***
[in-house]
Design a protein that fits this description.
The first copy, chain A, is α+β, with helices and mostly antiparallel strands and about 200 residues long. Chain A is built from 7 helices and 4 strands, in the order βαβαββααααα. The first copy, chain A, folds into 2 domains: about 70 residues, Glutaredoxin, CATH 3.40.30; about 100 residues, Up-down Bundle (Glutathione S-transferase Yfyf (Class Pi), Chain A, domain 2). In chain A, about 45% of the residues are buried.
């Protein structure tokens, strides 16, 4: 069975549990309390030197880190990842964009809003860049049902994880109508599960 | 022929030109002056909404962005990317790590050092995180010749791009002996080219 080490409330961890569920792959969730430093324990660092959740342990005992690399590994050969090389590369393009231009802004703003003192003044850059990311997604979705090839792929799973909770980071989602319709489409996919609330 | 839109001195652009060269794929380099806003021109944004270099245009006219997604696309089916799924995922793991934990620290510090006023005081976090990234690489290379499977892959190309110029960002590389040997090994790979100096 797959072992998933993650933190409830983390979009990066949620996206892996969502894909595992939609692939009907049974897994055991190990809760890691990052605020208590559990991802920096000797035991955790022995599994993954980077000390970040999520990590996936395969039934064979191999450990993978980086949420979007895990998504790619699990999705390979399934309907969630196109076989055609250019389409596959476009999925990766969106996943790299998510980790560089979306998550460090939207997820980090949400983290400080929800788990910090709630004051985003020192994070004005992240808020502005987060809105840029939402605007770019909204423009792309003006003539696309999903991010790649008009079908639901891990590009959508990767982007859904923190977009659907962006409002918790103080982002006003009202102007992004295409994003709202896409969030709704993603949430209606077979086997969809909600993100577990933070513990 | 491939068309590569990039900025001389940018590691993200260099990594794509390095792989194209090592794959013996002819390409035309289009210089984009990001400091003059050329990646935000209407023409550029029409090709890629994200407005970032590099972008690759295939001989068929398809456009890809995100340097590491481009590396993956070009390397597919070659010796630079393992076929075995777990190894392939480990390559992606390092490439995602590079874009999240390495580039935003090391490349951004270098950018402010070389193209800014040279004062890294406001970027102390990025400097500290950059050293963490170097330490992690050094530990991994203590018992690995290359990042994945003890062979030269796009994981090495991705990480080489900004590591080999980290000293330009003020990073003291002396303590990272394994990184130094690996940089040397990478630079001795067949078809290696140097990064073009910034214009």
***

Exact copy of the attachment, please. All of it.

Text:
[in-house]
Design a protein that fits this description.
The first copy, chain A, is α+β, with helices and mostly antiparallel strands and about 200 residues long. Chain A is built from 7 helices and 4 strands, in the order βαβαββααααα. The first copy, chain A, folds into 2 domains: about 70 residues, Glutaredoxin, CATH 3.40.30; about 100 residues, Up-down Bundle (Glutathione S-transferase Yfyf (Class Pi), Chain A, domain 2). In chain A, about 45% of the residues are buried.
């Protein structure tokens, strides 16, 4: 069975549990309390030197880190990842964009809003860049049902994880109508599960 | 022929030109002056909404962005990317790590050092995180010749791009002996080219 080490409330961890569920792959969730430093324990660092959740342990005992690399590994050969090389590369393009231009802004703003003192003044850059990311997604979705090839792929799973909770980071989602319709489409996919609330 | 839109001195652009060269794929380099806003021109944004270099245009006219997604696309089916799924995922793991934990620290510090006023005081976090990234690489290379499977892959190309110029960002590389040997090994790979100096 797959072992998933993650933190409830983390979009990066949620996206892996969502894909595992939609692939009907049974897994055991190990809760890691990052605020208590559990991802920096000797035991955790022995599994993954980077000390970040999520990590996936395969039934064979191999450990993978980086949420979007895990998504790619699990999705390979399934309907969630196109076989055609250019389409596959476009999925990766969106996943790299998510980790560089979306998550460090939207997820980090949400983290400080929800788990910090709630004051985003020192994070004005992240808020502005987060809105840029939402605007770019909204423009792309003006003539696309999903991010790649008009079908639901891990590009959508990767982007859904923190977009659907962006409002918790103080982002006003009202102007992004295409994003709202896409969030709704993603949430209606077979086997969809909600993100577990933070513990 | 491939068309590569990039900025001389940018590691993200260099990594794509390095792989194209090592794959013996002819390409035309289009210089984009990001400091003059050329990646935000209407023409550029029409090709890629994200407005970032590099972008690759295939001989068929398809456009890809995100340097590491481009590396993956070009390397597919070659010796630079393992076929075995777990190894392939480990390559992606390092490439995602590079874009999240390495580039935003090391490349951004270098950018402010070389193209800014040279004062890294406001970027102390990025400097500290950059050293963490170097330490992690050094530990991994203590018992690995290359990042994945003890062979030269796009994981090495991705990480080489900004590591080999980290000293330009003020990073003291002396303590990272394994990184130094690996940089040397990478630079001795067949078809290696140097990064073009910034214009």